PORT-AU-PRINCE, HAITI - An American family who lost their daughter in a massive earthquake in Haiti three years ago has finished building an orphanage in her memory.
The parents of Britney Gengel led about 150 family and friends, including U.S. Rep. James P. McGovern, D-Mass., in a solemn ceremony Saturday at the Be Like Brit orphanage in the coastal town of Grand Goave. "It was a beautiful ceremony and had a great dedication," said her father, Leonard Gengel, 52, of Rutland, Mass.
The $1.8 million, 19,000-square-foot facility has seismically resistant walls and a medical clinic. All the money came from donations.
Built in the shape of a letter "B," the orphanage will house 33 boys and 33 girls, representing the number of days Britney's body lay under the rubble. Gengel was a 19-year-old sophomore at Lynn University in Boca Raton, Fla., who had gone to Haiti to hand out meals for a Christian charity. She died when the hotel where she was staying collapsed.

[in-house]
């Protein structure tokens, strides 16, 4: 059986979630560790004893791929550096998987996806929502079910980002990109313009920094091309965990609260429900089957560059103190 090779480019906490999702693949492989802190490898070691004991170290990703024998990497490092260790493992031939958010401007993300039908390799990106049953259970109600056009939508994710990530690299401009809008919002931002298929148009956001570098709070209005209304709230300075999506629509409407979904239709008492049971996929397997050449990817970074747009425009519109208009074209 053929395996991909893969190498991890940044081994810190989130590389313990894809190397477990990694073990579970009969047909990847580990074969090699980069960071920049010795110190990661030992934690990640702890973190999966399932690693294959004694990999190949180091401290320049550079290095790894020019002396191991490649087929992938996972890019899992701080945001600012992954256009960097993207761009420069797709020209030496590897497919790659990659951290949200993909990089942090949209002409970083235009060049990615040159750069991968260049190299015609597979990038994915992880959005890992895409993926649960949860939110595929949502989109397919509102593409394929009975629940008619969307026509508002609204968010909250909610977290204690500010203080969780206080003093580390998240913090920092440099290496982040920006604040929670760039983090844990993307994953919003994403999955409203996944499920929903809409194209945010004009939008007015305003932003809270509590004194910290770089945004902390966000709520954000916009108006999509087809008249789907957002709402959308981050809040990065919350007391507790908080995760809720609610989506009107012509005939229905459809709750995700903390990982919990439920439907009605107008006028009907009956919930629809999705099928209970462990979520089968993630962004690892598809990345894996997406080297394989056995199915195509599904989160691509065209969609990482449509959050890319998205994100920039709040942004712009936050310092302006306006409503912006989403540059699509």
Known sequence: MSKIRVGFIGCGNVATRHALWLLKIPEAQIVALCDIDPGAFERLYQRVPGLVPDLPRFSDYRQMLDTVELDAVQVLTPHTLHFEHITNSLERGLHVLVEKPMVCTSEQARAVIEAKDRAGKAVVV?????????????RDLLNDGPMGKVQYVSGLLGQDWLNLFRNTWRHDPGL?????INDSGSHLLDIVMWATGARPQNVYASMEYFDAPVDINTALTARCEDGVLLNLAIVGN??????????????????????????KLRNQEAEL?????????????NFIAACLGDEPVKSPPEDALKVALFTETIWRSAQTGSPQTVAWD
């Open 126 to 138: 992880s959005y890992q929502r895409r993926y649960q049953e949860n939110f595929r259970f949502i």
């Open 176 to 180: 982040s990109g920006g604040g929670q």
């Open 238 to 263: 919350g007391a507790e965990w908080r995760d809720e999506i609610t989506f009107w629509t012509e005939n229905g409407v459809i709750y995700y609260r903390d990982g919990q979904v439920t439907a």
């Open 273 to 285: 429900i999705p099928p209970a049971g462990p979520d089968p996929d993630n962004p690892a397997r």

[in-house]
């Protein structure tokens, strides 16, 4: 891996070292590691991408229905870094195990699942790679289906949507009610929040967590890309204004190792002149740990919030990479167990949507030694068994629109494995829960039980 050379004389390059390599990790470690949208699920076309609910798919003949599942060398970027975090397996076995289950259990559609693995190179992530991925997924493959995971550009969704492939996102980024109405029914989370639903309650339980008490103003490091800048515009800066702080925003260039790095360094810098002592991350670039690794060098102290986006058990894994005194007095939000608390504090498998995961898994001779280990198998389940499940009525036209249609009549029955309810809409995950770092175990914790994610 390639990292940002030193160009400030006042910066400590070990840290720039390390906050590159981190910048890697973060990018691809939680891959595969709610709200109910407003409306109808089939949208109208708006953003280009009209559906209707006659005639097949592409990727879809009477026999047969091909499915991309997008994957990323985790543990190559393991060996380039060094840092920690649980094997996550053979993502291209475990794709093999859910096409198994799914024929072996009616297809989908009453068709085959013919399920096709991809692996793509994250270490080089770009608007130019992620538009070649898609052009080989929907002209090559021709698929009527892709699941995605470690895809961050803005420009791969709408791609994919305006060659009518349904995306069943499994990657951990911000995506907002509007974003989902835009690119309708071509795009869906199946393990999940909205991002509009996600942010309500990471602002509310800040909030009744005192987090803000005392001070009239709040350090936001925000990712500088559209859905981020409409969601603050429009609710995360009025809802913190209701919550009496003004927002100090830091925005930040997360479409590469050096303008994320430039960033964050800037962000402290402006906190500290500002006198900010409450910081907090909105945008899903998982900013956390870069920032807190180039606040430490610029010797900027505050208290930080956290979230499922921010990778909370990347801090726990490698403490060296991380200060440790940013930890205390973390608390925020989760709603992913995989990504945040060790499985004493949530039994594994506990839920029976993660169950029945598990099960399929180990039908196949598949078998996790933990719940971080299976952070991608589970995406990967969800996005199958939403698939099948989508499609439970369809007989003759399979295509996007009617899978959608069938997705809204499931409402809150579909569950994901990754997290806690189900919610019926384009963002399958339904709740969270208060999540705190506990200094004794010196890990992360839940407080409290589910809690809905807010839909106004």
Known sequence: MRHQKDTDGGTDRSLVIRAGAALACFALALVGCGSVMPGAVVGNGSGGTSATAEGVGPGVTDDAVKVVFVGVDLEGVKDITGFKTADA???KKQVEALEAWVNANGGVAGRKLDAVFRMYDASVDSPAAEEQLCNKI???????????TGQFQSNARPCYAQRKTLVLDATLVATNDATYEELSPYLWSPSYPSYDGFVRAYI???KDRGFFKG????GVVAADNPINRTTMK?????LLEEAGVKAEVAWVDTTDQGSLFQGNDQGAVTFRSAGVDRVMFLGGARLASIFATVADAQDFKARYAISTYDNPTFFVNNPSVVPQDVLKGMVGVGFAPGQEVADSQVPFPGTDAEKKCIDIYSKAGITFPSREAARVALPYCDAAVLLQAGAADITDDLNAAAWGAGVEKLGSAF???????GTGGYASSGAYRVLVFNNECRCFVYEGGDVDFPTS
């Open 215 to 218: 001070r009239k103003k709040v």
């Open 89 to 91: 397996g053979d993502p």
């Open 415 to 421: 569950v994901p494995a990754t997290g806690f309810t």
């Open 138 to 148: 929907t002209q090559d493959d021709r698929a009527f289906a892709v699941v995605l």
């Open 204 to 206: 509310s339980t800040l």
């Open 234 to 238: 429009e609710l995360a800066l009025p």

Haiti will mark the quake's third anniversary on Saturday.Norris returns to NPR in new role
NPR says Michele Norris is returning in a new role after a leave of absence from the afternoon news show "All Things Considered." Norris stepped down from the show in October 2011 when her husband took a senior role in President Obama's re-election campaign. NPR says Norris -- who was born and raised in Minneapolis -- will return to the network as a host and special correspondent. She will focus in part on fostering conversations about race with "The Race Card Project," which she developed while on sabbatical. NPR says Audie Cornish will remain as co-host of "All Things Considered," replacing Norris. Rachel Martin will be the permanent host of "Weekend Edition Sunday," replacing Cornish. Norris joined NPR in 2002 to host "ATC." She will return to the air in February.
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